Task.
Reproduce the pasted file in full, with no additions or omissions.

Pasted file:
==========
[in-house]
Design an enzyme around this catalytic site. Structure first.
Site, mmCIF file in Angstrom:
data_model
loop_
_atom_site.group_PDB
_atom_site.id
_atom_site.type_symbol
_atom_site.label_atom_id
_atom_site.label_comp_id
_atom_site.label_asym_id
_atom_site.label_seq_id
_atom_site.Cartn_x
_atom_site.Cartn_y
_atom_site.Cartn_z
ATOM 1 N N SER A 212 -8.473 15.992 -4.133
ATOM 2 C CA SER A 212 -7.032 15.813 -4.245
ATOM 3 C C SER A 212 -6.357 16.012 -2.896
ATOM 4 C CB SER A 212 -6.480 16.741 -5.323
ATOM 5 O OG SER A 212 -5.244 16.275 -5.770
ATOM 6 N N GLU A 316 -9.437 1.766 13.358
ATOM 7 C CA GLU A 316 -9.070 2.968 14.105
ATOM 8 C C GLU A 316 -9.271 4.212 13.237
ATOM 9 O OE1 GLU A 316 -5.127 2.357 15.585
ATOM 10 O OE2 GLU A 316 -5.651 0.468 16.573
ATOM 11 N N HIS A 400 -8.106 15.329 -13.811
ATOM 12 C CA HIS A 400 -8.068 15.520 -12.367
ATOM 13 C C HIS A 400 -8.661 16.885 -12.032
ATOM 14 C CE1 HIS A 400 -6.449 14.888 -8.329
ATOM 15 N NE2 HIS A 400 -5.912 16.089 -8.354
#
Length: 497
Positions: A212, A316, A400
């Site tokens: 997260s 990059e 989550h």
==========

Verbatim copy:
[in-house]
Design an enzyme around this catalytic site. Structure first.
Site, mmCIF file in Angstrom:
data_model
loop_
_atom_site.group_PDB
_atom_site.id
_atom_site.type_symbol
_atom_site.label_atom_id
_atom_site.label_comp_id
_atom_site.label_asym_id
_atom_site.label_seq_id
_atom_site.Cartn_x
_atom_site.Cartn_y
_atom_site.Cartn_z
ATOM 1 N N SER A 212 -8.473 15.992 -4.133
ATOM 2 C CA SER A 212 -7.032 15.813 -4.245
ATOM 3 C C SER A 212 -6.357 16.012 -2.896
ATOM 4 C CB SER A 212 -6.480 16.741 -5.323
ATOM 5 O OG SER A 212 -5.244 16.275 -5.770
ATOM 6 N N GLU A 316 -9.437 1.766 13.358
ATOM 7 C CA GLU A 316 -9.070 2.968 14.105
ATOM 8 C C GLU A 316 -9.271 4.212 13.237
ATOM 9 O OE1 GLU A 316 -5.127 2.357 15.585
ATOM 10 O OE2 GLU A 316 -5.651 0.468 16.573
ATOM 11 N N HIS A 400 -8.106 15.329 -13.811
ATOM 12 C CA HIS A 400 -8.068 15.520 -12.367
ATOM 13 C C HIS A 400 -8.661 16.885 -12.032
ATOM 14 C CE1 HIS A 400 -6.449 14.888 -8.329
ATOM 15 N NE2 HIS A 400 -5.912 16.089 -8.354
#
Length: 497
Positions: A212, A316, A400
């Site tokens: 997260s 990059e 989550h």